When it comes to describing Filipino food, most people would say it's a prime example of fusion cuisine.
Having been colonized by three different countries and inspired by the ingredients of our Asian neighbors, our local cuisine has been a melting pot of all these cultures.
Through the recommendations of respected culinary icons such as Anthony Bourdain, among many others, the rest of world is finally learning to love our own delicacies.
PEP.ph (Philippine Entertainment Portal) sat down with five renowned food experts—Chef Mikel Zaguirre, Chef Dennis Uy, Chef Kakel Chan, Chef Sau del Rosario, and culinologist Edith Singian—to talk about the unique characteristics of Filipino cuisine, and these are three things they love about our food.
1. All about family: For Chef Sau del Rosario, Filipino food is "personal" and "emotional."
He related, "May personal meaning lagi ang food sa 'tin e, di ba?
"May maamoy ka lang, 'Ay, naalala ko nanay ko.'
"May natikman ka lang, 'Ay, 'yan yung kinakain ko nung bata ako.'
"So, it's deeper… [it] tells a story. And most of the time, it is an extension of who we are."
What makes Filipino food deeply rooted in family is how each clan proudly upholds its own interpretation of a dish.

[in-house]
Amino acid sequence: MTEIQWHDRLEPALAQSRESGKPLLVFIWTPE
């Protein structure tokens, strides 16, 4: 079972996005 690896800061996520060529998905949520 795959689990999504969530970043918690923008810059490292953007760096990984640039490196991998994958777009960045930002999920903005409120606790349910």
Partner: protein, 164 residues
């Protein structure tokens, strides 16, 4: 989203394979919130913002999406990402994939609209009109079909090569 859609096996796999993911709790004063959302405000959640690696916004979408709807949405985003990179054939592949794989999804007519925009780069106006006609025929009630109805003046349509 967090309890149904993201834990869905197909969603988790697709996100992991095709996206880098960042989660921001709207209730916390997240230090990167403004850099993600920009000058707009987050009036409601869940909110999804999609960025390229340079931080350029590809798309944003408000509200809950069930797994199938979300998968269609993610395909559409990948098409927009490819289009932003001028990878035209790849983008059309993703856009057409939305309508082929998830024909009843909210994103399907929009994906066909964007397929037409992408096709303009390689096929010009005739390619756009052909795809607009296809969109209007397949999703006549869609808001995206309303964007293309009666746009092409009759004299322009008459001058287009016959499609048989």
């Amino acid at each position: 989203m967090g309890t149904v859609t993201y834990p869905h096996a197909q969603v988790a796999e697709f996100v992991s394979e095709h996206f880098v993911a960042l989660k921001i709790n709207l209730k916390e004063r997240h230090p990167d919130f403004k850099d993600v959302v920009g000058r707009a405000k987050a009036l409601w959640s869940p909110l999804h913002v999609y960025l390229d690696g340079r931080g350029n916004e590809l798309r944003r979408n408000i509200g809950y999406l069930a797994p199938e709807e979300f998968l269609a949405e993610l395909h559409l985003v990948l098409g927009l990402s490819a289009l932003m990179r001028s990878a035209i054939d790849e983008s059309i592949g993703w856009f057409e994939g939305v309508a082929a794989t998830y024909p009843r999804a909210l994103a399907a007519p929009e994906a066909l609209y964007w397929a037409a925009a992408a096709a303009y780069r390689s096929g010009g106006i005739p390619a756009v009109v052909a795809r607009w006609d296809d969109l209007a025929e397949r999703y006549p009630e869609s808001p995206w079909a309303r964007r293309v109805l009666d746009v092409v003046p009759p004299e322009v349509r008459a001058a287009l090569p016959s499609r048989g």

Chef Sau continued, "Yung cuisine natin napaka-personalized sa 'tin.
"May kanya-kanya tayong sangkap, may kanya-kanya tayong adobo, nagba-vary siya.
"I don't know if that's a good thing or a bad thing because some people would say, 'How come your adobo is different for what I've tasted many years ago?' Kasi ano tayo e, islands tayo, e. So, we have different cultures."
2. All about diversity: In addition to each family having a heirloom recipe of certain Filipino dishes, Chef Mikel, Chef Dennis, and Chef Kakel recently brought the various regional dishes of Luzon, Visayas, and Mindanao to the spotlight in a special buffet offered by F1 Hotel Manila in Bonifacio Global City.
When asked about the regional difference, Chef Mikel told PEP, "Pinoys are really straightfoward. Really, really simple. Really straightforward.
"Mahilig sa gata, mahilig sa matamis, that's Luzon for me.
"You would see in Visays, more on ginger, more in seafood.
"And now, when you go to Mindanao naman, more spices, more mixture of flavors, more pops of some herbs, some spices. So ,very different.
"Makikita niyo ang different characteristics ng each island, which makes it very, very special."
3. All about flavor: If there's one characteristic distinct among our local dishes, culinologist Edith Singian believes that it's our love for different sauces, dips and condiments.
She explained, "One thing I love about Filipino [dishes], yung sawsawan. Dami-dami kaya nating sawsawan!
"Mga anak ko, when it's tinola, paborito nila yung kalamansi na may patis, 'tapos dudurugin nila yung atay ng manok sa sawsawan.
"We cannot eat without sawsawan.
"Even as simple as kamatis, sibuyas, bagoong, di ba?
"Hindi mawawala sawsawan. Suka, kapag inihaw.
"Very Filipino ang sawsawan, I think so."
What about you, PEPsters?
What do you love most about Filipino food?